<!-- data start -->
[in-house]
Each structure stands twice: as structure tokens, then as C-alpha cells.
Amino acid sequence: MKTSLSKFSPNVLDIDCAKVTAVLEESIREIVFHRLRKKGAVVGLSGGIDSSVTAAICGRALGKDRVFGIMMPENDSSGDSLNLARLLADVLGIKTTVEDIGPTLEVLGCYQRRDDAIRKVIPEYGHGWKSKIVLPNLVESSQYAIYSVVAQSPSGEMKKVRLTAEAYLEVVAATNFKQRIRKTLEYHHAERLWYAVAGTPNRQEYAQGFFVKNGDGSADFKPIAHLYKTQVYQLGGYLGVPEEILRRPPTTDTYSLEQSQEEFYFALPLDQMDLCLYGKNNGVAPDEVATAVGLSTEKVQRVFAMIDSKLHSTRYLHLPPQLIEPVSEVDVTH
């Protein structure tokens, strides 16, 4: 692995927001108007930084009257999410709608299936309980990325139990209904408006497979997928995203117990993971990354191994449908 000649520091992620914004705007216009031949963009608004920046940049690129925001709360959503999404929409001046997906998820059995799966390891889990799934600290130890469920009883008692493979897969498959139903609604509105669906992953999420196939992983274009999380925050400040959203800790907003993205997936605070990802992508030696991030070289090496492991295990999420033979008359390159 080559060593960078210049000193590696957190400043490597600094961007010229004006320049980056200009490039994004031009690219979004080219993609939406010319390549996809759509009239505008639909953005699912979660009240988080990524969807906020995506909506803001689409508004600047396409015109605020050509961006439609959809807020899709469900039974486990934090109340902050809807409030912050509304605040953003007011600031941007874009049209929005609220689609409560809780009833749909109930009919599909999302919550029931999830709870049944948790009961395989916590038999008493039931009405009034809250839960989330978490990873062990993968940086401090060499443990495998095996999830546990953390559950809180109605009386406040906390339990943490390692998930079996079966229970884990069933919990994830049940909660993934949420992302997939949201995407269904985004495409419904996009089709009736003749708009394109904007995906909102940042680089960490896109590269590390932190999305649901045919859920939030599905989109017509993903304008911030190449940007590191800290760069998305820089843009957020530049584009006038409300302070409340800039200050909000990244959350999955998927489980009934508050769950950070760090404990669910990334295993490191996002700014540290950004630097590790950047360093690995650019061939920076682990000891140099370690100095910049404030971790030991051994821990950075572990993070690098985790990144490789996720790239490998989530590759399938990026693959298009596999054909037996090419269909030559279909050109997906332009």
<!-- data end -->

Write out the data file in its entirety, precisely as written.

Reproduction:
[in-house]
Each structure stands twice: as structure tokens, then as C-alpha cells.
Amino acid sequence: MKTSLSKFSPNVLDIDCAKVTAVLEESIREIVFHRLRKKGAVVGLSGGIDSSVTAAICGRALGKDRVFGIMMPENDSSGDSLNLARLLADVLGIKTTVEDIGPTLEVLGCYQRRDDAIRKVIPEYGHGWKSKIVLPNLVESSQYAIYSVVAQSPSGEMKKVRLTAEAYLEVVAATNFKQRIRKTLEYHHAERLWYAVAGTPNRQEYAQGFFVKNGDGSADFKPIAHLYKTQVYQLGGYLGVPEEILRRPPTTDTYSLEQSQEEFYFALPLDQMDLCLYGKNNGVAPDEVATAVGLSTEKVQRVFAMIDSKLHSTRYLHLPPQLIEPVSEVDVTH
């Protein structure tokens, strides 16, 4: 692995927001108007930084009257999410709608299936309980990325139990209904408006497979997928995203117990993971990354191994449908 000649520091992620914004705007216009031949963009608004920046940049690129925001709360959503999404929409001046997906998820059995799966390891889990799934600290130890469920009883008692493979897969498959139903609604509105669906992953999420196939992983274009999380925050400040959203800790907003993205997936605070990802992508030696991030070289090496492991295990999420033979008359390159 080559060593960078210049000193590696957190400043490597600094961007010229004006320049980056200009490039994004031009690219979004080219993609939406010319390549996809759509009239505008639909953005699912979660009240988080990524969807906020995506909506803001689409508004600047396409015109605020050509961006439609959809807020899709469900039974486990934090109340902050809807409030912050509304605040953003007011600031941007874009049209929005609220689609409560809780009833749909109930009919599909999302919550029931999830709870049944948790009961395989916590038999008493039931009405009034809250839960989330978490990873062990993968940086401090060499443990495998095996999830546990953390559950809180109605009386406040906390339990943490390692998930079996079966229970884990069933919990994830049940909660993934949420992302997939949201995407269904985004495409419904996009089709009736003749708009394109904007995906909102940042680089960490896109590269590390932190999305649901045919859920939030599905989109017509993903304008911030190449940007590191800290760069998305820089843009957020530049584009006038409300302070409340800039200050909000990244959350999955998927489980009934508050769950950070760090404990669910990334295993490191996002700014540290950004630097590790950047360093690995650019061939920076682990000891140099370690100095910049404030971790030991051994821990950075572990993070690098985790990144490789996720790239490998989530590759399938990026693959298009596999054909037996090419269909030559279909050109997906332009």